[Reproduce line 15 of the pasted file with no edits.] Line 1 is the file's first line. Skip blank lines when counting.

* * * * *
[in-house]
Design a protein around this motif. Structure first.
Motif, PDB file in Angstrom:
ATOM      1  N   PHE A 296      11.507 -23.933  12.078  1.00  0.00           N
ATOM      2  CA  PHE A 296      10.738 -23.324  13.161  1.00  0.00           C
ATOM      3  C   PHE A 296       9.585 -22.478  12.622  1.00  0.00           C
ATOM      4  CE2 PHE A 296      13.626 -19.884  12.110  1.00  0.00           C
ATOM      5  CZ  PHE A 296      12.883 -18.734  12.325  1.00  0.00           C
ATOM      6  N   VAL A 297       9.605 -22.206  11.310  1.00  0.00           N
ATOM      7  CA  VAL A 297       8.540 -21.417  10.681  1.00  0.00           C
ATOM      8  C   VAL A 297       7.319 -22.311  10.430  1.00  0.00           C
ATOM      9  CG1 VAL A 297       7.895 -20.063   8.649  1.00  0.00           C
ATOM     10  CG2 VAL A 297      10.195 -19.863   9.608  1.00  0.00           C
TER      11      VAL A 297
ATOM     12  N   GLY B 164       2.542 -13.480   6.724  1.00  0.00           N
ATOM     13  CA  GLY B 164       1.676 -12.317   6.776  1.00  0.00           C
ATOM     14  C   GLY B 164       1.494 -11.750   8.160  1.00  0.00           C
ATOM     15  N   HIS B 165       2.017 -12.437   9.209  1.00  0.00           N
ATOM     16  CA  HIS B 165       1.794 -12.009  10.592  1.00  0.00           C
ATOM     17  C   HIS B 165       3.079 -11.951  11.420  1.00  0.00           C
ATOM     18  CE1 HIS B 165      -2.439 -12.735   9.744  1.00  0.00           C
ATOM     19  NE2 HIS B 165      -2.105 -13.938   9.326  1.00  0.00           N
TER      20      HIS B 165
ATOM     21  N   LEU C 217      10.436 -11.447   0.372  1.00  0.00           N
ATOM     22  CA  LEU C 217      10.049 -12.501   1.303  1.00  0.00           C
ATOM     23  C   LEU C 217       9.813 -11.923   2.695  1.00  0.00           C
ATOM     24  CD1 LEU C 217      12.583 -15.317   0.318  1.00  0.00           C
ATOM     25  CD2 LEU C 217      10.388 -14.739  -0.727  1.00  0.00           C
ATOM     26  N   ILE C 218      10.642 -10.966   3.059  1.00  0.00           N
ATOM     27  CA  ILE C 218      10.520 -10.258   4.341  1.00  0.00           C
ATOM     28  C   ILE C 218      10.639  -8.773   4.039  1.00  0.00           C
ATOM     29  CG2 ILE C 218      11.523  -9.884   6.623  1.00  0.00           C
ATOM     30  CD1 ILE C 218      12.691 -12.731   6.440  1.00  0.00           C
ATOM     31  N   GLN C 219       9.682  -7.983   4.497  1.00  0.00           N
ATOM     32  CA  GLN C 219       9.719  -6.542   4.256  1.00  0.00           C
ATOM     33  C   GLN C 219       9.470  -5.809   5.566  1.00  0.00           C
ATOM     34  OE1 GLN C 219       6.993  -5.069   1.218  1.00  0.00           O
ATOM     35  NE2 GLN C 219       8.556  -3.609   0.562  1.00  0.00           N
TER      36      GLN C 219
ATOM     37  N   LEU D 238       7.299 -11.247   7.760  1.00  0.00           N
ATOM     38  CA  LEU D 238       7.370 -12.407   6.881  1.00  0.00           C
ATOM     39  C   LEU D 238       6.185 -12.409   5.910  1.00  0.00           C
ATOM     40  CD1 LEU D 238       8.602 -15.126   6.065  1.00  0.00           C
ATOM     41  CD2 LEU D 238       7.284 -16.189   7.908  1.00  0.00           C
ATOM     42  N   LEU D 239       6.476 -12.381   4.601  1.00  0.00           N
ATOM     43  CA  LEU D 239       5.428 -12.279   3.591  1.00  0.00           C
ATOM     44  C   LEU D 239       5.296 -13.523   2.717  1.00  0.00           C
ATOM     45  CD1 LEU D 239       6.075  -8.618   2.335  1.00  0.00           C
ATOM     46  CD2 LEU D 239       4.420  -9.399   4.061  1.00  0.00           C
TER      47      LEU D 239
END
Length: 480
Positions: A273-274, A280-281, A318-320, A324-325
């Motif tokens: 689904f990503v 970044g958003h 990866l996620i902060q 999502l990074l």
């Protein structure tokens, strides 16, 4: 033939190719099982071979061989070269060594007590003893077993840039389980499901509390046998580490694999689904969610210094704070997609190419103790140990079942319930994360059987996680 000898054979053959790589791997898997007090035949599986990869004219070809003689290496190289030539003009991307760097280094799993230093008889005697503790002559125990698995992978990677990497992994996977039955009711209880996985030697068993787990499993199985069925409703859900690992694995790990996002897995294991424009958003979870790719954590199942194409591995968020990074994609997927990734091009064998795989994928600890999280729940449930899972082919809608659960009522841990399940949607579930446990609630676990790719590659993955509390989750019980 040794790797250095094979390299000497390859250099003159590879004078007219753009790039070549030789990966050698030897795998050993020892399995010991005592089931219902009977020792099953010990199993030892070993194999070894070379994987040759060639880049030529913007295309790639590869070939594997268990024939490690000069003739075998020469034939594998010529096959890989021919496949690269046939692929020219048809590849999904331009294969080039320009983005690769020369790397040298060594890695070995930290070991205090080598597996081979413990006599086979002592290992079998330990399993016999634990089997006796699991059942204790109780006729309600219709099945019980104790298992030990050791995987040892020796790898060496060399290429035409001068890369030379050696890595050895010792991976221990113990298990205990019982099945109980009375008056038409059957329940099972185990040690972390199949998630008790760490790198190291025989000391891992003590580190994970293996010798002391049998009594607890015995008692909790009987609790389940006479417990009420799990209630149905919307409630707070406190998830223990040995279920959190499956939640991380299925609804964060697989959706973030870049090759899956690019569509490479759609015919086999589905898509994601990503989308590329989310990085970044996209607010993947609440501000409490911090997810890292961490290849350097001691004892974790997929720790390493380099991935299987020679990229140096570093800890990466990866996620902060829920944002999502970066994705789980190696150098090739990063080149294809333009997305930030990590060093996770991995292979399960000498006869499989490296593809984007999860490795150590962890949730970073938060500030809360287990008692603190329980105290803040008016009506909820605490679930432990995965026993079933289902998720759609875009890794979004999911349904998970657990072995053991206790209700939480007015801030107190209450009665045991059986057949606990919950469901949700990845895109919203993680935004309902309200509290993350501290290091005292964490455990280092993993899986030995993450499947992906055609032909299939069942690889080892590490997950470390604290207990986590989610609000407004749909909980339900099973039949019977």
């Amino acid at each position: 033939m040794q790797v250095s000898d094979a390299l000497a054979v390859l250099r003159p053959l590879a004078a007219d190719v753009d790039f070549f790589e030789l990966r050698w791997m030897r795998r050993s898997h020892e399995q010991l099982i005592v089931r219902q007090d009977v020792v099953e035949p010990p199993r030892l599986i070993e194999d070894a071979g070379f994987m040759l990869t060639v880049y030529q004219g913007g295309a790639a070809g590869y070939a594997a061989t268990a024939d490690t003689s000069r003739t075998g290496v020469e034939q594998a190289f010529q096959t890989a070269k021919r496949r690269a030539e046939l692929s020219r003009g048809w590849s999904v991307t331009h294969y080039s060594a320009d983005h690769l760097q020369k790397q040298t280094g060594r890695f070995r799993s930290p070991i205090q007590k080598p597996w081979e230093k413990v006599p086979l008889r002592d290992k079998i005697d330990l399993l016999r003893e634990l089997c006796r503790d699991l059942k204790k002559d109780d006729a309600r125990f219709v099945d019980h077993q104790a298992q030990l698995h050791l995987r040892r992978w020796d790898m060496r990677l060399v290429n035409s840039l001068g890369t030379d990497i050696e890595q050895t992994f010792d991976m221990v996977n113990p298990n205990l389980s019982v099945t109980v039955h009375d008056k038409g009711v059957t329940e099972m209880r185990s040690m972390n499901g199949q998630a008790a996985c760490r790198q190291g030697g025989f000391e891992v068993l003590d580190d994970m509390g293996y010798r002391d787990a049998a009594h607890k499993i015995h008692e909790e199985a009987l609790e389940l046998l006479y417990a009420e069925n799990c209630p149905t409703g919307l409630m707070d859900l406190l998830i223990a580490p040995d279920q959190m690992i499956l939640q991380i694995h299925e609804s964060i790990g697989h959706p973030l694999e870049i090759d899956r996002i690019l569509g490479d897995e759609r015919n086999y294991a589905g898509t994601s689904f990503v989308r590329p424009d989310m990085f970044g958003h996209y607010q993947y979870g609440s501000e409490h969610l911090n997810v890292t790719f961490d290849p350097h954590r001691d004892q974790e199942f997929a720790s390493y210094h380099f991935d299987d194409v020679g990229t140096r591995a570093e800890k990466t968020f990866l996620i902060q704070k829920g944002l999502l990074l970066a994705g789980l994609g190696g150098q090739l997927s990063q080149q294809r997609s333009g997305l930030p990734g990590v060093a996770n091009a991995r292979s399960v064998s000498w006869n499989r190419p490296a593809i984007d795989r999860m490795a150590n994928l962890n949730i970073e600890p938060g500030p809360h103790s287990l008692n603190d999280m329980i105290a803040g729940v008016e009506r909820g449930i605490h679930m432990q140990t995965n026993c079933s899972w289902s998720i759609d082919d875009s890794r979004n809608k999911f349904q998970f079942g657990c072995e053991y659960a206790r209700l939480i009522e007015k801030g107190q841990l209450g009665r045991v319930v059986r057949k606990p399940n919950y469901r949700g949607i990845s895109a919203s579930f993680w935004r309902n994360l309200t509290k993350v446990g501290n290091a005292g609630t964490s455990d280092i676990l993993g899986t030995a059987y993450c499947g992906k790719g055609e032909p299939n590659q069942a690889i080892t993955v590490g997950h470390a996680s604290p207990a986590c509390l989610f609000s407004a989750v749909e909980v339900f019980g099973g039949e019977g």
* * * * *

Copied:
ATOM     12  N   GLY B 164       2.542 -13.480   6.724  1.00  0.00           N